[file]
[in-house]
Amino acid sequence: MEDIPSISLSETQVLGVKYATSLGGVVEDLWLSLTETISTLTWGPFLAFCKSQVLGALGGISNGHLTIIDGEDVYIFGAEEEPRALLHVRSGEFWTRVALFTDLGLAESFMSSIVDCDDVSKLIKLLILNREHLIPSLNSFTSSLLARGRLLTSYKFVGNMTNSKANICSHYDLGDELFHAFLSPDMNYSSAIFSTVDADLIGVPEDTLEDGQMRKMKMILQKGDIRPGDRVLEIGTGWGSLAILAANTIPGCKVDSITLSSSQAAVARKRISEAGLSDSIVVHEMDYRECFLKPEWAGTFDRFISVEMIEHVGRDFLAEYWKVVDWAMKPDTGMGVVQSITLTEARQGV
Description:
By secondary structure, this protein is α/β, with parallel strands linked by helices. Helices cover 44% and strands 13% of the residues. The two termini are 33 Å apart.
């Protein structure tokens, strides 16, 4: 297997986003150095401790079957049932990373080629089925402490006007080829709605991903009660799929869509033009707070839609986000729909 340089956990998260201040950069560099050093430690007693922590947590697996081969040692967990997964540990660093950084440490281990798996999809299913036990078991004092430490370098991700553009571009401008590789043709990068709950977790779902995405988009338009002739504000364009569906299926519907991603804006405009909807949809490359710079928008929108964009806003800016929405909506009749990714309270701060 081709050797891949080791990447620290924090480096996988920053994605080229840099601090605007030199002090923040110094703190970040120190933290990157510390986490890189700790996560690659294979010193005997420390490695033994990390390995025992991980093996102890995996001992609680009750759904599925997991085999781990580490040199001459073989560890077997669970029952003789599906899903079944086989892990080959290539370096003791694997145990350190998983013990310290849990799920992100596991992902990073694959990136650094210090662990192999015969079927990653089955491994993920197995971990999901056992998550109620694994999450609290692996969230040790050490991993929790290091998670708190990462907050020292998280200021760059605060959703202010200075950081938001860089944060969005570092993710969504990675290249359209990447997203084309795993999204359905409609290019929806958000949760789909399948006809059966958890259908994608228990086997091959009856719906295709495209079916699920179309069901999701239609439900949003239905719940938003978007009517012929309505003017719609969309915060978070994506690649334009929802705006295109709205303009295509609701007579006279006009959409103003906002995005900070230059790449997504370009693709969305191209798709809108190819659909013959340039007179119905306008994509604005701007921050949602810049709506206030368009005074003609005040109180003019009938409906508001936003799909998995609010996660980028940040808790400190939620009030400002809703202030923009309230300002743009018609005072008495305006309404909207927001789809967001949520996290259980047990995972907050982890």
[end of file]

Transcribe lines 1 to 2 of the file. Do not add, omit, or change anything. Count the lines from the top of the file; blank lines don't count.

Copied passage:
[in-house]
Amino acid sequence: MEDIPSISLSETQVLGVKYATSLGGVVEDLWLSLTETISTLTWGPFLAFCKSQVLGALGGISNGHLTIIDGEDVYIFGAEEEPRALLHVRSGEFWTRVALFTDLGLAESFMSSIVDCDDVSKLIKLLILNREHLIPSLNSFTSSLLARGRLLTSYKFVGNMTNSKANICSHYDLGDELFHAFLSPDMNYSSAIFSTVDADLIGVPEDTLEDGQMRKMKMILQKGDIRPGDRVLEIGTGWGSLAILAANTIPGCKVDSITLSSSQAAVARKRISEAGLSDSIVVHEMDYRECFLKPEWAGTFDRFISVEMIEHVGRDFLAEYWKVVDWAMKPDTGMGVVQSITLTEARQGV